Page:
Elaine Di Bello Bradish .... production secretary (as Elaine Bradish)
Angel Dominguez .... production assistant
Mark Eggenweiler .... production assistant
Roger Frappier .... production assistant
Ron Hecht .... production assistant
J. Allen Highfill .... production assistant (as Allan Highfill)
Maysie Hoy .... production assistant
Joyce King .... script supervisor
Kelly Marshall .... production coordinator
Dan Perri .... title designer
Thomas Hal Phillips .... political campaign
Noreen Beasley .... assistant: Dan Perri (uncredited)
Lary Crews .... production assistant (uncredited)
 
Crew believed to be complete


Production CompaniesDistributorsOther Companies

Additional Details

Also Known As:
Runtime:
159 min
Country:
Language:
Color:
Aspect Ratio:
2.35 : 1 See more »
Sound Mix:
4-Track Stereo (magnetic prints)

Did You Know?

Trivia:
Gary Busey was originally going to play "Tom" and wrote the song "Since You've Gone" used in the film.See more »
Goofs:
Continuity: When the Mercedes bus (model O 309) breaks the gate-arm at the Nashville Airport (21:00 in), there is clear right-front damage, the bumper is bent, headlight broken, and there is no sign on the right side of the bus. But, at the freeway accident scene (22:12 in; on I-24 near Shelby Avenue), the passengers act like the damage just happened (saying: "Oh no." And looking at the damage), and now there is a sign on the right side that reads: "Connie White" and has her image.See more »
Quotes:
Opal:I need something like this for my documentary. I need it. It's... It's America. Those cars smashing into each other... and all those mangled corpses...See more »
Soundtrack:
I'm EasySee more »

FAQ

This FAQ is empty. Add the first question.
61 out of 77 people found the following review useful.
Altman's Masterpiece: "The Damnedest Thing You Ever Saw", 21 May 2005
Author: gftbiloxi (gftbiloxi@yahoo.com) from Biloxi, Mississippi

Robert Altman is an extremely divisive director in the sense that you either "get it" or you don't--and those who don't despise his work and take considerable pleasure in sneering at NASHVILLE in particular. But there is no way around the fact that it is an important film, a highly influential film, to most Altman fans his finest films, and to most series critics quite possibly the single finest film made during the whole of the 1970s.

According to the movie trailer available on the DVD release, NASHVILLE is "the damnedest thing you ever saw"--and a truer thing was never said, for it is one of those rare film that completely defies description. On one level, the film follows the lives of some twenty characters over the course of several days leading up to a political rally, lives that collide or don't collide, that have moments of success and failure, and which in the process explore the hypocrisy that we try to sweep away under the rug of American culture. If it were merely that, the film would be so much soap-opera, but it goes quite a bit further: it juxtaposes its observations with images of American patriotism and politics at their most vulgar, and in the process it makes an incredibly funny, incredibly sad, and remarkably savage statement on the superficial values that plague our society.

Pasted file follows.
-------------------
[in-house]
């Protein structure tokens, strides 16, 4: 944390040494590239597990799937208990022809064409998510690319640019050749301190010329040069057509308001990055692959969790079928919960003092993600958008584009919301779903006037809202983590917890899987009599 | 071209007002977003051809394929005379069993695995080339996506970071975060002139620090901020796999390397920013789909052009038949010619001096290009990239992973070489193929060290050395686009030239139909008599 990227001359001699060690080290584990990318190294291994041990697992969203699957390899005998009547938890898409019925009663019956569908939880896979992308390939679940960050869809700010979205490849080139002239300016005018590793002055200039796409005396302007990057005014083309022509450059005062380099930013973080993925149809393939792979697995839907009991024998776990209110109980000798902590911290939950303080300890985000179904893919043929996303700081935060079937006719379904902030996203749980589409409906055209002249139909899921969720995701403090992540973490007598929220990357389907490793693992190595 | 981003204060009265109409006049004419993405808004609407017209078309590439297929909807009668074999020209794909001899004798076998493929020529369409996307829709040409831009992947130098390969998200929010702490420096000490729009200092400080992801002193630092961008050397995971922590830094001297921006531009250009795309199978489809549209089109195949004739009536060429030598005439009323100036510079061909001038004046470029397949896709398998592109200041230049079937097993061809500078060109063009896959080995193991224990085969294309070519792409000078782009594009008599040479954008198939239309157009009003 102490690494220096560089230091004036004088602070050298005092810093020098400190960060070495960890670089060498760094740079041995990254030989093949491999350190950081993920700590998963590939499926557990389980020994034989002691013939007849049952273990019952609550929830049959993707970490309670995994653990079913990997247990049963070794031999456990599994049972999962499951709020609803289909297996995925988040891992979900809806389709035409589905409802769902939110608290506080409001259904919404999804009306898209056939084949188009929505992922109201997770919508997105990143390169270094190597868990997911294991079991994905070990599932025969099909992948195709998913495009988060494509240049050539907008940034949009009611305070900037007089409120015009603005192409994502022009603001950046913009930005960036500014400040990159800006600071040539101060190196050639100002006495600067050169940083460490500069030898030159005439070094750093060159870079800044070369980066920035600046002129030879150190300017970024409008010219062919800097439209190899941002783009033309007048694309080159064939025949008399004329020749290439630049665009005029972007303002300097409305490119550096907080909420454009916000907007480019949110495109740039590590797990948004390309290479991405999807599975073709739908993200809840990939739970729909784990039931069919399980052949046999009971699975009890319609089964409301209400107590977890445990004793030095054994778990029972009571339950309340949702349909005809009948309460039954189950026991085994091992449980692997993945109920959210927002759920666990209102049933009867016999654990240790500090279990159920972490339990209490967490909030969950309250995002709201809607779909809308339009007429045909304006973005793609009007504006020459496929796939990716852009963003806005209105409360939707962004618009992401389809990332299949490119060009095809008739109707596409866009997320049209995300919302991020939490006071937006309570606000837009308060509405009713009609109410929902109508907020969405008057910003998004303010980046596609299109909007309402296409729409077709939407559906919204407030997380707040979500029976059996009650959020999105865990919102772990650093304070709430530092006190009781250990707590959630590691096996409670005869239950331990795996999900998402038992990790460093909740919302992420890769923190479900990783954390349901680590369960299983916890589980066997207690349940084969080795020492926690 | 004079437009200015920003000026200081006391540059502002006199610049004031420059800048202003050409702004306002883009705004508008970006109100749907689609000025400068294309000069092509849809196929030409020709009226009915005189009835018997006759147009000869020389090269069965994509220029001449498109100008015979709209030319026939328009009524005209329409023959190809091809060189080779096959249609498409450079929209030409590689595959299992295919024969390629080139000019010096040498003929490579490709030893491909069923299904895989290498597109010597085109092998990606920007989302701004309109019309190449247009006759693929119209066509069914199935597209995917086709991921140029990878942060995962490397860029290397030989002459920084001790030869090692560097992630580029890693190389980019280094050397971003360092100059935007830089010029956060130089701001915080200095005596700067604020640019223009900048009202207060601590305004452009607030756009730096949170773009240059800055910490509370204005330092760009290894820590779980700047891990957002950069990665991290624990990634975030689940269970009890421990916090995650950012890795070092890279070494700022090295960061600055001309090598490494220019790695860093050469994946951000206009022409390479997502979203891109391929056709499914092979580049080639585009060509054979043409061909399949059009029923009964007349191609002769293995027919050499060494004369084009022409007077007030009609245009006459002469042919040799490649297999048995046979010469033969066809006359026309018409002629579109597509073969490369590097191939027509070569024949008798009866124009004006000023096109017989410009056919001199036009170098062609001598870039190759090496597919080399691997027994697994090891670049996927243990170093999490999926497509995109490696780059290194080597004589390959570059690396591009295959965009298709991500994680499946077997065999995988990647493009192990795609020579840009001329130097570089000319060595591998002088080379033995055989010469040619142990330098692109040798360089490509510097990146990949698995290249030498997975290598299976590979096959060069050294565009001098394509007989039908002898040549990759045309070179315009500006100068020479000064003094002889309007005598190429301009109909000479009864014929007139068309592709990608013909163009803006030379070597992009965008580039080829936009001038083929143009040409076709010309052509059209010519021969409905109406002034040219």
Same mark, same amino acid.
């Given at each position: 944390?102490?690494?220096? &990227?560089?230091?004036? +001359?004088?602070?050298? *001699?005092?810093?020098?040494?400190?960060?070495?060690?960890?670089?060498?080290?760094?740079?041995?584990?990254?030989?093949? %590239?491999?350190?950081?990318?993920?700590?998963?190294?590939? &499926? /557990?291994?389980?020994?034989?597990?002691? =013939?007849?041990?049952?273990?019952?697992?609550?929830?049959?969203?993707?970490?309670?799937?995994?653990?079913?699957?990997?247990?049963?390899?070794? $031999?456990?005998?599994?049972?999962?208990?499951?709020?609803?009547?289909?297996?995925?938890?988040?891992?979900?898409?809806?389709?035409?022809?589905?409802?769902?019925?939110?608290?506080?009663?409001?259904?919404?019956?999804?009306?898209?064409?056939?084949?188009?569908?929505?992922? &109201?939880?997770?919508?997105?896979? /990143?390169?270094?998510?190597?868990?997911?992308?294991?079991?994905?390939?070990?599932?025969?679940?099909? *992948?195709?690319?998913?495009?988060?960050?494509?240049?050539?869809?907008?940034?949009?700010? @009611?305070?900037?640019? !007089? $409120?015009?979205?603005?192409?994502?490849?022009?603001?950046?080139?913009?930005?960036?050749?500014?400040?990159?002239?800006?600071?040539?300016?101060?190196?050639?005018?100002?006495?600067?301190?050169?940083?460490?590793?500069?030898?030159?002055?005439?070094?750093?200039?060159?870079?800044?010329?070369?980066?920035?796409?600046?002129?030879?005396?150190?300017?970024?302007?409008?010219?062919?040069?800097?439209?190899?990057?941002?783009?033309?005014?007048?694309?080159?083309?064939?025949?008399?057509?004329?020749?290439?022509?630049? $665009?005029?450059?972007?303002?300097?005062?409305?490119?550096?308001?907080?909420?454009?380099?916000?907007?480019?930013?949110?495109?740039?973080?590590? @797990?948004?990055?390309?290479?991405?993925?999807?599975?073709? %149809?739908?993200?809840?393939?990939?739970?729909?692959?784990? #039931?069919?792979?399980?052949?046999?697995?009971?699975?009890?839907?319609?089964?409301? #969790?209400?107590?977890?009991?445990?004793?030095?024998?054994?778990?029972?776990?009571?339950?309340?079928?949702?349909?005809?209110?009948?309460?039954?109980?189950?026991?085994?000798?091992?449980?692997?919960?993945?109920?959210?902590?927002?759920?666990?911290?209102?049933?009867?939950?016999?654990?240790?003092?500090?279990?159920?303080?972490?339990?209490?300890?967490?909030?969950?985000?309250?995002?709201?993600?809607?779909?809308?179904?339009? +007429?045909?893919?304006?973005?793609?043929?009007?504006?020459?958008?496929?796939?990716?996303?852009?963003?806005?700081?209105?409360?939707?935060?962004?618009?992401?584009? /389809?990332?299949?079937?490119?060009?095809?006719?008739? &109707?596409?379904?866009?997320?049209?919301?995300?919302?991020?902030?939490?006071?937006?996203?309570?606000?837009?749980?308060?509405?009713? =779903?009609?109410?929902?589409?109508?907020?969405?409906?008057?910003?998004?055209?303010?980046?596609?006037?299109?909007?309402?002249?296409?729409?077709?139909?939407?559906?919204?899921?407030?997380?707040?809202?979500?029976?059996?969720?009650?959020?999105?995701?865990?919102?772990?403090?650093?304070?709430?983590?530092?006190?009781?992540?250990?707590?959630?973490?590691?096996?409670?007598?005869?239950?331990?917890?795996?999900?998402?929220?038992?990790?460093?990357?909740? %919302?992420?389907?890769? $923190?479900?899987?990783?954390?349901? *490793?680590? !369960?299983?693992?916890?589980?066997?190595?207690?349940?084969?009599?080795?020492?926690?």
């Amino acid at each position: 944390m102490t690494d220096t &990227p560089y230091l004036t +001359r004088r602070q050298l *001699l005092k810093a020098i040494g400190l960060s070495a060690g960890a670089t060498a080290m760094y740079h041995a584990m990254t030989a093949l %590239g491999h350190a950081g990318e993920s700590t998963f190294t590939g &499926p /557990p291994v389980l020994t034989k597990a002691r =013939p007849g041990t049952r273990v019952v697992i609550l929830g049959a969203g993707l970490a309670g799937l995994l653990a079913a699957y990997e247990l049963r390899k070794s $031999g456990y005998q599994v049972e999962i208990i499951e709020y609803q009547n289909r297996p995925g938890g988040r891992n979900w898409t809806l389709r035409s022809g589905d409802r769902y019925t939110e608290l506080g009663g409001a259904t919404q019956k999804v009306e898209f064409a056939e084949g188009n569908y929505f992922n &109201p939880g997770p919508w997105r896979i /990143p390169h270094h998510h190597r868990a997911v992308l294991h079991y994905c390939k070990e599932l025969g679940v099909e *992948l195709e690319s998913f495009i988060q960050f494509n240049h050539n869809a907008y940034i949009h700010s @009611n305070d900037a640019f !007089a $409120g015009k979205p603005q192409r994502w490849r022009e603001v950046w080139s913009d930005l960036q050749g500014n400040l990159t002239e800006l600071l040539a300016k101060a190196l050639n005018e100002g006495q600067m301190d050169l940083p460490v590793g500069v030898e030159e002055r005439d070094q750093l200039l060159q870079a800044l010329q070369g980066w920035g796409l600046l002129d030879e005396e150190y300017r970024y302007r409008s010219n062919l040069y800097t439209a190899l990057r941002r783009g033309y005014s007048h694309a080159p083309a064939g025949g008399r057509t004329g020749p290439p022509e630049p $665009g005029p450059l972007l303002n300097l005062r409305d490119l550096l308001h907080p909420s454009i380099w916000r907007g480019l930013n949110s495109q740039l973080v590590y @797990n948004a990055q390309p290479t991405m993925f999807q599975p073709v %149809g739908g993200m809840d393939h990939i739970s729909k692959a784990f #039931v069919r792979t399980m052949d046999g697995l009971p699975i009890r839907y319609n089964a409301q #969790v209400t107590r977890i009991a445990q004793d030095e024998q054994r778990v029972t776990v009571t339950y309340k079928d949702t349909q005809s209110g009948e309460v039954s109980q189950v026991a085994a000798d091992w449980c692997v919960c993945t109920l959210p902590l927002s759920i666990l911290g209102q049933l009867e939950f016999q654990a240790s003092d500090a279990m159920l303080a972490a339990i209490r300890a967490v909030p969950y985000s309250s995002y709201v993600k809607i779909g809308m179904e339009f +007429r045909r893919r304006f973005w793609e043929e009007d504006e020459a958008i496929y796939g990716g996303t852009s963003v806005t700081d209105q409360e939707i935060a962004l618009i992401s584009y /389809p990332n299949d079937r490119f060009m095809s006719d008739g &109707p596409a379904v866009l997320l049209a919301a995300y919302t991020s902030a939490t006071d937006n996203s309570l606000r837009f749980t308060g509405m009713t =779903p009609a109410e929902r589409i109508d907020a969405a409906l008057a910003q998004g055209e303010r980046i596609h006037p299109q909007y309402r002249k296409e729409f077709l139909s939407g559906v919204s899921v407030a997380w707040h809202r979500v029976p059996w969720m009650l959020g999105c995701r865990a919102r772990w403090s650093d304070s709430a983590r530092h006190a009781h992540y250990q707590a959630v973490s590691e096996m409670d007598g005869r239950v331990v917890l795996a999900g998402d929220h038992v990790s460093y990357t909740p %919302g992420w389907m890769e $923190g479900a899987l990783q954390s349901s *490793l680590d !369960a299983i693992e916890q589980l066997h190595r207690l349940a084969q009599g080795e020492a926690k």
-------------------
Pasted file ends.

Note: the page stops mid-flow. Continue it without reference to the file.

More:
What most viewers find difficult about NASHVILLE--and about many Altman films--is his refusal to direct our attention within any single scene. Conversations and plot directions overlap with each other, and so much goes on in every scene that you are constantly forced to decide what you will pay attention to and what you will ignore. The result is a film that goes in a hundred different directions with a thousand different meanings, and it would be safe to say that every person who sees it will see a different film.

In the end, however, all these roads lead to Rome, or in this case to the Roman coliseum of American politics, where fame is gained or lost in the wake of violence, where the strong consume the weak without any real personal malice, and where the current political star is only as good as press agent's presentation. For those willing and able to dive into the complex web of life it presents, Altman's masterpiece will be an endlessly fascinating mirror in which we see the energy of life itself scattered, gathered, and reflected back to us. A masterpiece that bears repeated viewings much in the same way that a great novel bears repeated readings. A personal favorite and highly, highly recommended.

Gary F. Taylor, aka GFT, Amazon Reviewer

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Message Boards

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Favorite Song heffrc
Do You Want to Know a Secret. plectrum34
one scene that I've never been able to understand zbthunderwood
Why no blu ray? rudden
The Mr. Green and Martha storyline - spoilers Valentino55
Timeless classic that applies to today (major spoilers) Writerchamp13